I constantly keep touching my MacBook Pro's Touch Bar by accident. I have larger hands and my fingers accidentally press buttons on the Touch Bar without me noticing all the time.

I like the Touch Bar and I'd like to use it, but I can't seem to find anywhere that will allow me to enable a lock screen type feature on the Touch Bar.

I'd really like to disable input unless explicitly enabled. How do I do that?

  • @qwerty why is the answer by n1000 below not usable ? – anki Jan 13 at 18:54
  • @ankii Looks like an app for the previous one even without ESC (shudder). – qwerty_so Jan 14 at 8:07
  • @ankii I installed the trial version, but it even did do anything with the touch bar. Looks too bloated (no, actually it IS too bloated). I'm about trying to 3D-print something (though there's little space above the strip). – qwerty_so Jan 14 at 13:19

You can tinker with the Keyboard Settings to get something close to your desired behavior. Here's one idea:

Set "Touch Bar shows" to "Expanded Control Strip" and remove all buttons on the Control Strip using "Customize Touch Bar...". Then set "Press Fn key to" to "Show App Controls".

Now your Touch Bar will be empty unless you press fn to show the App Controls.

I also outline some ways to use Better Touch Tool to temporarily disable the Touch Bar in my answer on a related question.

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  • Thanks for the idea. I wish I could toggle touch input instead though! Sick of blowing my ears out when I bump the volume on accident. – Jacques Lalancette May 31 at 12:46

Fully disabling it seems not to be possible, as some vital functions like the Escape key require it.

What I found others doing was to put scotch tape over the touch bar. This makes it less sensitive up to completely unresponsive.

If you configure the touch bar to just show the control or function keys (whichever you prefer), and put some holes in the scotch tape before applying it, you can still press the keys and not do it accidentally.

I also suggest to log a complaint with Apple that the touch bar is too sensitive and gets pressed accidentally, so their engineers get a reason to improve it in future models, so no scotch tape is needed.

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  • 2
    This is an awful kludge, but I might have to resort to this. I truly hate the Touch Bar on my new MacBook, enough so that I am thinking of ending my 30+ love affair with all things Apple in favor of Linux machinery. – David Hammen Dec 7 '19 at 13:42
  • @DavidHammen Yeah, too silly that thing? Who dares to let this run free for any Apple customer? I had been skipping that Esc-disater and thought it would be ok now. It isn't. Anyhow, I paid more than 3k and my old MBP really had its best days. The printed cover makes it acceptable. Somehow. At least it doesn't dang all times any more. – qwerty_so Feb 25 at 22:53
  • apple's user experience gets worse every day. now we are down to scotch taping their garbage products – Dave Kielpinski Feb 26 at 22:53
  • the very latest macbooks have a physical Esc key... must be from too many complaints about having only a virtual one... i just bought a "refurb" macbook pro but i knew instantly it wasn't a refurb when i opened it.. Apple will call new macbooks refurbs when clearing out defunct models at a lower price... i predicted the return of the physical Esc key because of my own frustration at accidental touches and new macbooks selling at refurb prices... additionally: i use Karabiner to disable the touch bar Esc button and map the tilde/backtick key to Esc – aequalsb Sep 25 at 21:19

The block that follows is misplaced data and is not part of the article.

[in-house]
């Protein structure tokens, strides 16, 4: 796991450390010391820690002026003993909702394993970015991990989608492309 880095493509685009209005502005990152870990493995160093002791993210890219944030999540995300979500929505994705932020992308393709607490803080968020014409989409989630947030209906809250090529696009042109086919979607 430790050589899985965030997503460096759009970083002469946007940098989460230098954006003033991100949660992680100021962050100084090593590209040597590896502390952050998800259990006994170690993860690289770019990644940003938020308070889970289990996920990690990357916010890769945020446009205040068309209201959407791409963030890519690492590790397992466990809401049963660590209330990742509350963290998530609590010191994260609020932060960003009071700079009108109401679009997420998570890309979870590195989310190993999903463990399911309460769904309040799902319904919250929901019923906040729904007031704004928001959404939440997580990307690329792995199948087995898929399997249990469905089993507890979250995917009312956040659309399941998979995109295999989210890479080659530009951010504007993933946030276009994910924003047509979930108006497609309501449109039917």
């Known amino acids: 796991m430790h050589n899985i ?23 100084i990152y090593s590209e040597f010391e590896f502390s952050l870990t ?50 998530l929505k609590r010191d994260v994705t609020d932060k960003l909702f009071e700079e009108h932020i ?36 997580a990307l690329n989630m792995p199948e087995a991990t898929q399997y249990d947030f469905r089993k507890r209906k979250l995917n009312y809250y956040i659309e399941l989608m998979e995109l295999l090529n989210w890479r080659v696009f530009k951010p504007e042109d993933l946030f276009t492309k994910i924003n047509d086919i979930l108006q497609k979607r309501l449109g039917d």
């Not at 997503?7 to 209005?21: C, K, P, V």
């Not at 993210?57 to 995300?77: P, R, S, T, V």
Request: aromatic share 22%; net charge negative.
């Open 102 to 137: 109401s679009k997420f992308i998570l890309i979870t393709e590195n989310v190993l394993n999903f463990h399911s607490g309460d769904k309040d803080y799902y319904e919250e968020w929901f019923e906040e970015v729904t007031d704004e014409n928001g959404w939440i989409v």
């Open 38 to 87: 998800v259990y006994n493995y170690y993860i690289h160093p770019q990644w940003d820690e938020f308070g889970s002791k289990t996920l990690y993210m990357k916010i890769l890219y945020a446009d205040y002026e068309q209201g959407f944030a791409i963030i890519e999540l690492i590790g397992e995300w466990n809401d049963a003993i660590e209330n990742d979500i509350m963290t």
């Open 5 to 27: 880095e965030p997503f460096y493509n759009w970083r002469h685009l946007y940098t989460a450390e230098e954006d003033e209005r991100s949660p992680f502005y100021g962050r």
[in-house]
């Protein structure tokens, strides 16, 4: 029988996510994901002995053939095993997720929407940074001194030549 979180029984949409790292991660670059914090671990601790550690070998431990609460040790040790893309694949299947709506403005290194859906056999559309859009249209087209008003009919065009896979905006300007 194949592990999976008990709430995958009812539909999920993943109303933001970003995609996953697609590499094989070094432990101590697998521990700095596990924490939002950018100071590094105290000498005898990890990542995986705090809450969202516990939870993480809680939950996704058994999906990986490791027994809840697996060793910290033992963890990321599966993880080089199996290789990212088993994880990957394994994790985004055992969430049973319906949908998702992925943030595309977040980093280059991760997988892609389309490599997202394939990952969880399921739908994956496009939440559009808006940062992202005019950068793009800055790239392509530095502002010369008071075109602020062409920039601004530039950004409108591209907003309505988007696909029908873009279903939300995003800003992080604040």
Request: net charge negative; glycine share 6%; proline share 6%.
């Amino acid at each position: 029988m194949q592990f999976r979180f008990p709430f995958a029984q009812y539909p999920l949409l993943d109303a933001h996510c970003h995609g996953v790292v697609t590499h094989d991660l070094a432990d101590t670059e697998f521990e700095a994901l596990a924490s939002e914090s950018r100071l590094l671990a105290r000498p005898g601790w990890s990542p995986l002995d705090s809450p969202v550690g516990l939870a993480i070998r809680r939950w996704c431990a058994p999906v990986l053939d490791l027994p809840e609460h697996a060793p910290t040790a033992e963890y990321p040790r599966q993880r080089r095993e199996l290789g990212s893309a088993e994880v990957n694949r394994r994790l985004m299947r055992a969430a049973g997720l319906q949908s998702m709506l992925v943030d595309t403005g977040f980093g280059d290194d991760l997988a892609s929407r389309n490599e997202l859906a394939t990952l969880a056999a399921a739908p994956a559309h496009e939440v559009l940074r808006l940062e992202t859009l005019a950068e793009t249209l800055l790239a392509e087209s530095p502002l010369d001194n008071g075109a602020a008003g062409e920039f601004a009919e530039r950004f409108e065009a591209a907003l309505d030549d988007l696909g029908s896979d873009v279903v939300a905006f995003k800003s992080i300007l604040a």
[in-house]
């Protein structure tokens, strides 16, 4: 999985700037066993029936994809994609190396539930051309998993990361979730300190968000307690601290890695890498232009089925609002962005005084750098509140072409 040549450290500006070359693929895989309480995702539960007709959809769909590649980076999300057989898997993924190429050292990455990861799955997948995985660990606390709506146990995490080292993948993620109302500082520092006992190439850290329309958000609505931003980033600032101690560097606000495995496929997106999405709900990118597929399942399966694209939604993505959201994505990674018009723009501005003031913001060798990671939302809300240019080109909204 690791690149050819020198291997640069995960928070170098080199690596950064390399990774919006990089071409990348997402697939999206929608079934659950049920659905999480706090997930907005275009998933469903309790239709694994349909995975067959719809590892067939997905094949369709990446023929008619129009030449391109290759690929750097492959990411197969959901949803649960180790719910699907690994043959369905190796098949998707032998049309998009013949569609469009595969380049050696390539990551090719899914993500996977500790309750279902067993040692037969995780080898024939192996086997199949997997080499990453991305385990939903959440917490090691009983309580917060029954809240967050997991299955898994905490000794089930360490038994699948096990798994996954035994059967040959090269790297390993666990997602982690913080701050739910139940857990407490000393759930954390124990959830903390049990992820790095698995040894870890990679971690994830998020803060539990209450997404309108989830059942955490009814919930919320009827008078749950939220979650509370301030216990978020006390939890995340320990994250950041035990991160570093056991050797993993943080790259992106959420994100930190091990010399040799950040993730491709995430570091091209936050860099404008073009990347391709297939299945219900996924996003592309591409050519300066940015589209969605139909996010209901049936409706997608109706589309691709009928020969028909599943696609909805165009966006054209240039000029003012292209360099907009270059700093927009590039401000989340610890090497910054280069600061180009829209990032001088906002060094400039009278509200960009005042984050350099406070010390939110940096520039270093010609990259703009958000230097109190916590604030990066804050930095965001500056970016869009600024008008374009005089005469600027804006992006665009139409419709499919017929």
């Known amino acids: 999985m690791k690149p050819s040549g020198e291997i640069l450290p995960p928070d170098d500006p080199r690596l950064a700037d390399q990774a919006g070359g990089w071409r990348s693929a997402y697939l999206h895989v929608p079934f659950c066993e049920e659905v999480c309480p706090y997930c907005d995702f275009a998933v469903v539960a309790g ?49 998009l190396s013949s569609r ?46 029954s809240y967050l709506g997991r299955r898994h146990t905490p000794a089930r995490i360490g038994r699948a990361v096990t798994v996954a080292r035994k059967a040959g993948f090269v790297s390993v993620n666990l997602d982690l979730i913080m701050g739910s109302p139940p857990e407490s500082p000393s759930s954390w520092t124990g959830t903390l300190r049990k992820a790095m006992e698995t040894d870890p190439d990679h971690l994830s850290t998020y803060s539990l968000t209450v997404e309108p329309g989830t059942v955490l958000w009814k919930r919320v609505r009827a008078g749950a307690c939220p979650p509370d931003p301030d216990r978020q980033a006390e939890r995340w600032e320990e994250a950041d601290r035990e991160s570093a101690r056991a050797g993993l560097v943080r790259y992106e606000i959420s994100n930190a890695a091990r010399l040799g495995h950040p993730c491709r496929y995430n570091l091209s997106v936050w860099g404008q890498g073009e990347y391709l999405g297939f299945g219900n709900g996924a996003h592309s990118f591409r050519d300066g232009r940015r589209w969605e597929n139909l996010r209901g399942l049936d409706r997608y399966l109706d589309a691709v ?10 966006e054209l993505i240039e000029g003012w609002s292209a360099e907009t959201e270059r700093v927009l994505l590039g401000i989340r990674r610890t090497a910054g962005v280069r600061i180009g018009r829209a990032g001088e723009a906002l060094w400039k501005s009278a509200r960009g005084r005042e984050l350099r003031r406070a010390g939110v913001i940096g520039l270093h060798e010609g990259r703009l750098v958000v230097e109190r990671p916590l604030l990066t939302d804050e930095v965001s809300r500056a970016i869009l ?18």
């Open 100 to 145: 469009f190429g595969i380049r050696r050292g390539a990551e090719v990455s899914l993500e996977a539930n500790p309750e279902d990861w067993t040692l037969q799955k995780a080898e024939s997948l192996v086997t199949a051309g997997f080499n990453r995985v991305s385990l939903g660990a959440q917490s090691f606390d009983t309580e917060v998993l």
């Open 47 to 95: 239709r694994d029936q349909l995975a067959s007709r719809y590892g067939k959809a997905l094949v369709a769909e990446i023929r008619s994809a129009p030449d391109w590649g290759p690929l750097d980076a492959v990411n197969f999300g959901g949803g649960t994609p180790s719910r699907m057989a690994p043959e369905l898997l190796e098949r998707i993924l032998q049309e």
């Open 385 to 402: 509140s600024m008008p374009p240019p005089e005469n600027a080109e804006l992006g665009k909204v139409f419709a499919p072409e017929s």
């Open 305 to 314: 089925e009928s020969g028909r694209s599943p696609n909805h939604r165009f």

For my 2019 16" MBP I ended up with this:

$fn = 20;

module RoundRect(w, d, h2, r, scale=1) {
  h = h2/2;
  linear_extrude(height=2*h, scale=scale)
  translate([-w/2+r, -d/2+r, 0])
  minkowski() {
    square([w-2*r, d-2*r]);
//RoundRect(10, 11, 1, 2);

module Cover() {
  w = 242;
  d = 11;
  h = 1;
  h1 = 0.5;
  xside = 15;
  holeDist = 5;
  solid = xside + 11 * holeDist;
  holeW = (w - solid)/12;
  x0 = -w/2 + xside/2 + holeW/2;
  xDist = holeW + holeDist;

  mirror([0, 0, 1])
  difference() {
    union() {
      RoundRect(w+2, d+2, h, 3);
      translate([0, 0, h]) RoundRect(w+2, d+2, h1, 3, [w/(w+1), d/(d+1)]);
    translate([0, 0, -1]) RoundRect(w, d, h+1, 2);
    for (x = [0:11]) translate([x0+x*xDist, 0, 0]) RoundRect(holeW, d-6, h+1, 1);


This is a cover for the touch bar you can create with OpenSCAD.

enter image description here

It fits snugly (at least for the over-extrusion my DIY Prusa creates). For now this thingy converts that nonsense-bar into something more like a "keyboard". You can rest your fingers on the strip and to actually press a key you need some explicit force inside the holes. And if eventually in some future I might have the need for that touch bar I can pull the cover off and store it aside.

For another MBP (elder one or different size) you need to adapt the sizes. The ones I used were measured with a caliper.

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  • Note this is for the new 16" macbook pro touchbar. it is incompatible with the older touchbars. – adcurtin Jan 20 at 21:52
  • @adcurtin Oh yes, I forgot to mention that! – qwerty_so Jan 20 at 22:32

Unfortunately I do not have a touchbar Mac to test, but it seems like BetterTouchTool is able to do what you want:

enter image description here

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  • 1
    With BetterTouchTool, you can also put a bunch of non-interactive widgets in there. I added a clock & calendar, mostly inspired by the post here: vas3k.com/blog/touchbar Super useful. – mik01aj Jun 29 at 21:27

After checking this post and not finding a right and free option, I found Bar None:


It allows you to lock the Touch Bar unless you press the fn key. Now I have F controls by default, but they do not work, unless I press fn and then I get the Control Strip :D

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